“Right now, one of the reasons food prices are so high, one of the reasons that there’s an additional pressure on global food prices — and as a result global famine — is high fertilizer prices,” Coequyt said.

But fertilizer production uses gas to produce ammonia, and gas has become a global commodity as demand for liquified natural gas has grown, particularly in Europe.

“It’s very difficult to solve that global fertilizer problem with natural-gas-derived nitrogen fertilizer,” he said. “But if you can bring in renewable energy and produce it that way, then you get out of that fossil fuel price challenge and potentially put downward pressure on fertilizer prices, which are right now a tremendous challenge globally.”

A bumpy transition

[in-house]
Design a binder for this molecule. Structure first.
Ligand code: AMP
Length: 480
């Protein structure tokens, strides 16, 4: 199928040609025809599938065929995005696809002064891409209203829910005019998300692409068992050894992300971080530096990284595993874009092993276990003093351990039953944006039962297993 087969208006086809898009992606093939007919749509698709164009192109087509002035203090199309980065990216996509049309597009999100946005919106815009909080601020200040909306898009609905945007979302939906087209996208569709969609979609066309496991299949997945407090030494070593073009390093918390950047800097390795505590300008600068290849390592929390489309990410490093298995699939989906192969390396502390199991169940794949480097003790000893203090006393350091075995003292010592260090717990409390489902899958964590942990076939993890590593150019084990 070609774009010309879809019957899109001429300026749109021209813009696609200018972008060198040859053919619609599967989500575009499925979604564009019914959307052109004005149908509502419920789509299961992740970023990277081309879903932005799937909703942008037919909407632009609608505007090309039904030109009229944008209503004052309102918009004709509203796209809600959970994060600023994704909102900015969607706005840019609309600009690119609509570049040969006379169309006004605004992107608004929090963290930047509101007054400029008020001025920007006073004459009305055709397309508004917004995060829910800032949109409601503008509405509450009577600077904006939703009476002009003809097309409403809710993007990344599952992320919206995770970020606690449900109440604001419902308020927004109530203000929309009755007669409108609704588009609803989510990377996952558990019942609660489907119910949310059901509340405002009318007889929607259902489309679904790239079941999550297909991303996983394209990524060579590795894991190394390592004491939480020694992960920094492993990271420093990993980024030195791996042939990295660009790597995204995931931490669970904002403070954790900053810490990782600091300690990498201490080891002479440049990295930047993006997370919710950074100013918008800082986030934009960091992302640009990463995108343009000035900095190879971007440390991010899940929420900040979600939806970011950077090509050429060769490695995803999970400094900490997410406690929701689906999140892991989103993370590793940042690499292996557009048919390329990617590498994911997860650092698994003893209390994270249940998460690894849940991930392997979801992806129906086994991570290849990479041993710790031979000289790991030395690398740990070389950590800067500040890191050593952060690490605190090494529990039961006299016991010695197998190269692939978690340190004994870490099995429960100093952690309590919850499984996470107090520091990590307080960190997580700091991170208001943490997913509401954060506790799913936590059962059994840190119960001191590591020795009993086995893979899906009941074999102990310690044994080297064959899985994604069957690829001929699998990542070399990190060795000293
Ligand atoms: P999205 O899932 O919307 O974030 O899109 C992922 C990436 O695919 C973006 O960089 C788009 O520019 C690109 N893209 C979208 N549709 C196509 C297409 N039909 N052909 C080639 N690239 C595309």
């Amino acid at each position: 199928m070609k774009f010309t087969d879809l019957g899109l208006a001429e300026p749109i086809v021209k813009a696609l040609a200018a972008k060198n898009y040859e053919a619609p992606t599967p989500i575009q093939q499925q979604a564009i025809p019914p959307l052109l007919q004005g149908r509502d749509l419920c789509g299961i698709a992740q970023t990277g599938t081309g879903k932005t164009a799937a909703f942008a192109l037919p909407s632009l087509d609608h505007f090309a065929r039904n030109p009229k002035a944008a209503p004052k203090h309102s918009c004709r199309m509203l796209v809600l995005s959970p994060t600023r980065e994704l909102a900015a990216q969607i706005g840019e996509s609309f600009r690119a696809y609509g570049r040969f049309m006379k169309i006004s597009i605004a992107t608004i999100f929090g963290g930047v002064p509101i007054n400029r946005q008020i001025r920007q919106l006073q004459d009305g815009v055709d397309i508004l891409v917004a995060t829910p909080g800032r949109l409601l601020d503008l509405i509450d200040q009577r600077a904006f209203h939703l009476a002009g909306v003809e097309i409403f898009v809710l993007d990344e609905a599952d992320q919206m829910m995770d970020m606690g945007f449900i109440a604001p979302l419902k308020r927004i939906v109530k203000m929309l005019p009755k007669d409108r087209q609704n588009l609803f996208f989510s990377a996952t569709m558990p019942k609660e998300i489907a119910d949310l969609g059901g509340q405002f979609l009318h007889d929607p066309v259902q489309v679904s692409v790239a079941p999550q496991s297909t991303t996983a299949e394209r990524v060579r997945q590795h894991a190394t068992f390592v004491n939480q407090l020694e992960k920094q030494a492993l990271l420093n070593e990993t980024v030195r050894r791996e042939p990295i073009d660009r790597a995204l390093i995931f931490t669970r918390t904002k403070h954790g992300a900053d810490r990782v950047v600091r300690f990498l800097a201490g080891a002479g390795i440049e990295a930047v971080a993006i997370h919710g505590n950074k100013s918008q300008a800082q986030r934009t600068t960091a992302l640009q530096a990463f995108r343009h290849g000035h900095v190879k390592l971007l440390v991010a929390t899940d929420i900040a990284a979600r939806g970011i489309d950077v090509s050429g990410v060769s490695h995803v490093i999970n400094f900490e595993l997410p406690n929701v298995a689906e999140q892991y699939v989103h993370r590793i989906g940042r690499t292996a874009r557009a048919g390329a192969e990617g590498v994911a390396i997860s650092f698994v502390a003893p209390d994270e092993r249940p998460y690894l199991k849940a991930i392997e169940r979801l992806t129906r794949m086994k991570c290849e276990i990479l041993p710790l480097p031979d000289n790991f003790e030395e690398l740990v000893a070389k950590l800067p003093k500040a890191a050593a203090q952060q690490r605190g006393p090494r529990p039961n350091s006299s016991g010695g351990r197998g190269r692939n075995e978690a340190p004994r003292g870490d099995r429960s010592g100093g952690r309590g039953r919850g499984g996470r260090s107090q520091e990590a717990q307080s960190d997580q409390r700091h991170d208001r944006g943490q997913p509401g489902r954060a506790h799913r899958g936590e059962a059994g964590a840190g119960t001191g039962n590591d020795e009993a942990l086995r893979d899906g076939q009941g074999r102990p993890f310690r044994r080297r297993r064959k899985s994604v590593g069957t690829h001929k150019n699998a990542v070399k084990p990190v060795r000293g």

Not all analysts agree that the Democrats’ climate spending bill would have brought down costs.

Mark Mills, a physicist and senior fellow at the conservative Manhattan Institute, said the tax increases for debt reduction that economists called deflationary would actually contribute to inflation. There aren’t enough rich Americans to finance ambitious programs, he said, and corporations would respond to increased taxes by passing them on to consumers in the form of higher prices.

“The economy doesn’t care if you steal from Peter to give to Paul,” he said. “Raising taxes to give people credits to buy something that’s more expensive is by definition inflationary. You’re just moving around where the money’s coming from, but that money has to come from somewhere.”

An influx of spending on green technology — be it wind turbines or solar equipment or EVs — would drive up demand for rare earth minerals and metals like copper, nickel and aluminum, he said. Even if growing demand causes green tech companies to look beyond rare earth minerals toward cheaper alternatives, the costs of those alternatives would shoot up, as would anything that is made with them.

Mills also contended that renewable electricity incentives come at a heavy cost to ratepayers, pointing to relatively high power costs in Europe.